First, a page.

Stephen ARNOLD
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Complex Numbers Review

Based on a presentation for the Newcastle Mathematical Association by M. Curran, May, 1996.
  1. Complex Numbers Made Easy
  2. Properties of Mods and Args
  3. Properties of Conjugates
  4. Curves and Regions in the Argand Diagram
  5. Interactive Complex Arguments
  6. Representation of Complex Numbers by Vectors
  7. Addition, Subtraction and Multiplication by Vectors
  8. Some Review Questions

Properties of Mods and Args

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Properties of Conjugates

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Curves and Regions on the Argand Diagram

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You should instantly recognise the following:

You should be able to work out the following by putting z = x + i y in (or by using properties of mods, args, conjugates).

The following are worth knowing also (play with this interactive figure to help!):

Representation of Complex Numbers by Vectors

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We know that the complex number z = x + i y may be represented on the Argand diagram in one of two ways:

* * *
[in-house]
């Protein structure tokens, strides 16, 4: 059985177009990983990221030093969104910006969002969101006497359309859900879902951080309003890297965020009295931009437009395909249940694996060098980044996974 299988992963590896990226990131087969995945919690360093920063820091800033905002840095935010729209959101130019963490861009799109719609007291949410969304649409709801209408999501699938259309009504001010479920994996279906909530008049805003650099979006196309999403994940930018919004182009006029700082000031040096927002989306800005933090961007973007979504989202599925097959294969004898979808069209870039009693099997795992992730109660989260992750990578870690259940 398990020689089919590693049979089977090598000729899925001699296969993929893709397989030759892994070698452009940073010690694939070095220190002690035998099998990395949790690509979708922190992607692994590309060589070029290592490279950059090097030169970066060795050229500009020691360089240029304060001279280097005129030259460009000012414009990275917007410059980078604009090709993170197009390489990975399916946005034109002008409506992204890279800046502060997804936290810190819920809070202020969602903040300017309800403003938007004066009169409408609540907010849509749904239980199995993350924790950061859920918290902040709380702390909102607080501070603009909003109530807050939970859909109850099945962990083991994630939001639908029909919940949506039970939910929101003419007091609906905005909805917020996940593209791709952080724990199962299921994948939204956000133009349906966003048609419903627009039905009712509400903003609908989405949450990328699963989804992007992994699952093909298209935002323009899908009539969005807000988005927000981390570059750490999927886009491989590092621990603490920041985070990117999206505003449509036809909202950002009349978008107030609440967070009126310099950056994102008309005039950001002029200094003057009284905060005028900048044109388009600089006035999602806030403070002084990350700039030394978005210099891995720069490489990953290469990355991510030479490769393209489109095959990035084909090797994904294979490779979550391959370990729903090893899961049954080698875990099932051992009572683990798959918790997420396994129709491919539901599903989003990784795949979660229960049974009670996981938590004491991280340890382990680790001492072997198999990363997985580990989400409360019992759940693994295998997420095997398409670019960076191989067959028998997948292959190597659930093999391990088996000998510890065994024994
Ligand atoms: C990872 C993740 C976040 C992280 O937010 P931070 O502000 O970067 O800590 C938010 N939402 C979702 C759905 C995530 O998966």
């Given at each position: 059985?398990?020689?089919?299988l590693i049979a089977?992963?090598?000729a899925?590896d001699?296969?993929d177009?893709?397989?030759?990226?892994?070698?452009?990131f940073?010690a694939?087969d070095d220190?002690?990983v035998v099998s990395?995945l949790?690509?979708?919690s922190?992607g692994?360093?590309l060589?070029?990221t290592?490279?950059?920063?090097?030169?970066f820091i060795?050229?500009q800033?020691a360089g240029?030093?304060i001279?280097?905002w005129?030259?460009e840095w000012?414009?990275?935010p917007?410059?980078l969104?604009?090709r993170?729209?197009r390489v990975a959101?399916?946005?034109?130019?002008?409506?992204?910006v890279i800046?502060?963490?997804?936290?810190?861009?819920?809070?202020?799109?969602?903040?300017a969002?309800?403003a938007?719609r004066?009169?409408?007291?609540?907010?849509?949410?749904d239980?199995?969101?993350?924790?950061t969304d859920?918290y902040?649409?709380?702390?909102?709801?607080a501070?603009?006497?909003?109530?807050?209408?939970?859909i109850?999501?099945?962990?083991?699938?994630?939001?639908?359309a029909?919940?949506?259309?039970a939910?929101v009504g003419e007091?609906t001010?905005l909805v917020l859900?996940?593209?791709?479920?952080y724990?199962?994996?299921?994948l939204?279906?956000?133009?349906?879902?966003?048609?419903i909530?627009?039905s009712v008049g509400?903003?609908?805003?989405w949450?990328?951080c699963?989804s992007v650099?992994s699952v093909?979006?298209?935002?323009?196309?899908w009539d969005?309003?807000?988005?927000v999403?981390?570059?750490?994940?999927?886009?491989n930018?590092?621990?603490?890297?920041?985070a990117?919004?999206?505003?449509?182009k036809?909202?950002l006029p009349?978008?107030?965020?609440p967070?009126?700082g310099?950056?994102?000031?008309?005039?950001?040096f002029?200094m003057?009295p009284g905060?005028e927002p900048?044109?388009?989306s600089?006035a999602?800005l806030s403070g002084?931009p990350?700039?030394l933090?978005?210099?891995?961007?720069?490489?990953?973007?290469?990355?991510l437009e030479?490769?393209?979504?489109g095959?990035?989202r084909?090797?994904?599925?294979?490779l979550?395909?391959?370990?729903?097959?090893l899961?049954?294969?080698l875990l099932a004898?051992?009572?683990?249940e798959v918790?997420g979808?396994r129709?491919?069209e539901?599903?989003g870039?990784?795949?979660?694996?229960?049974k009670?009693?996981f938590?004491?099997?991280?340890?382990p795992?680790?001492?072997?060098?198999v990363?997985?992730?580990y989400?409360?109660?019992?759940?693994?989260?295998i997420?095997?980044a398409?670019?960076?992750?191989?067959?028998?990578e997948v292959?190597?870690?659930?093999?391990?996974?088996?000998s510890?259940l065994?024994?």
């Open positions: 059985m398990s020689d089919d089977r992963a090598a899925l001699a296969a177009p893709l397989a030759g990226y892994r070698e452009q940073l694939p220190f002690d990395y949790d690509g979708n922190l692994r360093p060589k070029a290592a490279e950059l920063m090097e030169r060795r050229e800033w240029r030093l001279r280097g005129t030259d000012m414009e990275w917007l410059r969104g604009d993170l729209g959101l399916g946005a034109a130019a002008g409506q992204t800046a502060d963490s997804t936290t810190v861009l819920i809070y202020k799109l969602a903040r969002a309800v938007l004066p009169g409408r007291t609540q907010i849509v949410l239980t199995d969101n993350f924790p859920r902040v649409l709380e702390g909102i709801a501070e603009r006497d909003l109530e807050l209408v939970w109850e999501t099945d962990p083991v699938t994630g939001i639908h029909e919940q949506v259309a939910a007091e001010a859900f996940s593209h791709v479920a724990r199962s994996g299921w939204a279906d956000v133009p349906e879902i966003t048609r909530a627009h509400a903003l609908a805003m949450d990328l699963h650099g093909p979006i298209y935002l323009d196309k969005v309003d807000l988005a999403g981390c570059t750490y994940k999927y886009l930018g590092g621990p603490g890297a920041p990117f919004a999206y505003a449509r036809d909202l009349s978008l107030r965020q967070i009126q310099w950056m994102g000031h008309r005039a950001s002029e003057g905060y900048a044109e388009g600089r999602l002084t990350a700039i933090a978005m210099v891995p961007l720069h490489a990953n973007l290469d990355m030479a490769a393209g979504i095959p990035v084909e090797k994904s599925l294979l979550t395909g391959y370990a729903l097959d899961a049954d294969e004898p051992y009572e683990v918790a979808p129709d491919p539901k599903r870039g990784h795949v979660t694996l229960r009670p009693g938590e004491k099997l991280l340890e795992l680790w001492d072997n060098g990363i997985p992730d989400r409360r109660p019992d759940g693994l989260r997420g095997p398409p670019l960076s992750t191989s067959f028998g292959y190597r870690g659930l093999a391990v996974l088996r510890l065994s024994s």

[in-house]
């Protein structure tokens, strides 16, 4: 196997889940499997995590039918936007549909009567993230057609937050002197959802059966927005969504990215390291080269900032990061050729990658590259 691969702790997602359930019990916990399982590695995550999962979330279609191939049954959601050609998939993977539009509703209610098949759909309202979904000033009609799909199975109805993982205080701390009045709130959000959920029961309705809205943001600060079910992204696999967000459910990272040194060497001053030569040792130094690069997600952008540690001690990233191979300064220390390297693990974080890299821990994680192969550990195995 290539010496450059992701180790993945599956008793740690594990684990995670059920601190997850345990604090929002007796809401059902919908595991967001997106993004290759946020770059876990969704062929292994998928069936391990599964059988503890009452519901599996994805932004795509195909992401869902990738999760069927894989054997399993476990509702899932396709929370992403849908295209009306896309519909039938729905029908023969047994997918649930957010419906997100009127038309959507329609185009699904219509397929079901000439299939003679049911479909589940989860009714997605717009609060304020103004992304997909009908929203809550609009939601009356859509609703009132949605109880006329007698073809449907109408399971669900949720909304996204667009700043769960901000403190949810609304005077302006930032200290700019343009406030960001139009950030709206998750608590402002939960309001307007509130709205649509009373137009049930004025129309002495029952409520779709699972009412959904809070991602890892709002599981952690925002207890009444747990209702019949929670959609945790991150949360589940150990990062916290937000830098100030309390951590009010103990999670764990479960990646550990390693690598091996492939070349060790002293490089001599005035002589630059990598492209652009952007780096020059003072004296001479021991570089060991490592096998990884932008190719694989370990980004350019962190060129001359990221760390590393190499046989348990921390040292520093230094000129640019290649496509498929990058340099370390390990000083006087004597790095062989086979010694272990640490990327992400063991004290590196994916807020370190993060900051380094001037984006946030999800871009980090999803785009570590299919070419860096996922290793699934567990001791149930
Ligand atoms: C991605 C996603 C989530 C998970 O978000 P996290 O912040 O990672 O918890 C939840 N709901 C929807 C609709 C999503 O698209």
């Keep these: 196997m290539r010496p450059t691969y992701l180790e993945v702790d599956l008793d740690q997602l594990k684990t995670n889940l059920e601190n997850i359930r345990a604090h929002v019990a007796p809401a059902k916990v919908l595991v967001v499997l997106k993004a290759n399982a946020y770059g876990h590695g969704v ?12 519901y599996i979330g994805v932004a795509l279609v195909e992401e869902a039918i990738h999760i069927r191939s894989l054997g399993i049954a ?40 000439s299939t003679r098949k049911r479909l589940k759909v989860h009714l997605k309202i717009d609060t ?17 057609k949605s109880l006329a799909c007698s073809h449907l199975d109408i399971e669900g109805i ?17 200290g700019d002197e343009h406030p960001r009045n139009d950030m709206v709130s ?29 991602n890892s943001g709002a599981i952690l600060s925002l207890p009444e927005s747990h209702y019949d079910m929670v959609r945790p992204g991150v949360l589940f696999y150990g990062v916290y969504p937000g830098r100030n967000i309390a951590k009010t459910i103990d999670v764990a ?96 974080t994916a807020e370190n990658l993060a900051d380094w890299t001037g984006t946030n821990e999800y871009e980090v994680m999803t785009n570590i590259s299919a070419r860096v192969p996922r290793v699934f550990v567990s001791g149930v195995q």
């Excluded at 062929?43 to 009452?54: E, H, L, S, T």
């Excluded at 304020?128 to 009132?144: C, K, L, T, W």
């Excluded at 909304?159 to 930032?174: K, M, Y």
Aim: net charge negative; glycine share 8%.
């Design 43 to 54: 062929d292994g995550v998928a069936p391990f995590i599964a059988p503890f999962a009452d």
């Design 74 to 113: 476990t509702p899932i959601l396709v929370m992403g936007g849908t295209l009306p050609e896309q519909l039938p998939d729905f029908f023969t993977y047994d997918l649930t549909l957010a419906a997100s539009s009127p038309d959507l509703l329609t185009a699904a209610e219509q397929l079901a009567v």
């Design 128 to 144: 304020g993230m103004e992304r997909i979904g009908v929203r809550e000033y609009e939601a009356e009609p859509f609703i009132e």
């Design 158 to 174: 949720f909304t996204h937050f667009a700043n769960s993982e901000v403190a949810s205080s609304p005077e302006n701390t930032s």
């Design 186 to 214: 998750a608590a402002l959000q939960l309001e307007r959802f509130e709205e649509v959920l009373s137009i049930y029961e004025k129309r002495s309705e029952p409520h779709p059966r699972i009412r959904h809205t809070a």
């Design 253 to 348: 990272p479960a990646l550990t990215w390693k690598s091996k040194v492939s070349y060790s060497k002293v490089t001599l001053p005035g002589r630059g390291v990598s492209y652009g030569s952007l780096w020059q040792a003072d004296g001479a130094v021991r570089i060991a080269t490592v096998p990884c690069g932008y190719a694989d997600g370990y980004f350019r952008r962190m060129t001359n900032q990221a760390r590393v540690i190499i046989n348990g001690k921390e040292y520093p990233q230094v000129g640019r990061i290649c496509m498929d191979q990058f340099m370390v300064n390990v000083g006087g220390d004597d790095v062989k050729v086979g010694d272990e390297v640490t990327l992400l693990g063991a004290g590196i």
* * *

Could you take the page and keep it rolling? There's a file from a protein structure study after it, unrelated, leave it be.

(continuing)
1. By the point Z with coordinates (x, y).
  2. By ANY vector whose length equals |z | and whose direction is parallel to OZ.

NB: a complex number z is represented by the length and direction of a vector, and, if the vector begins at O, then its tip will actually be at the point that represents.z.


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• ADDITION by drawing the diagonal of the parallelogram (or by completing the polygon).

• SUBTRACTION: the vector representing z1 - z2 is the vector from the point representing z2 to the point representing z1.

• MULTIPLICATION by a positive real number is represented by a scaling of the vector (with no change in direction).

• MULTIPLICATION by i: the vector representing i z is formed by the rotation of the vector representing z anticlockwise through 90º.

• MULTIPLICATION by a complex number: to multiply z by a complex number z1 involves both a rotation through arg z1 and a scaling by |z |.

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For comments & suggestions, please e-mail Steve Arnold.

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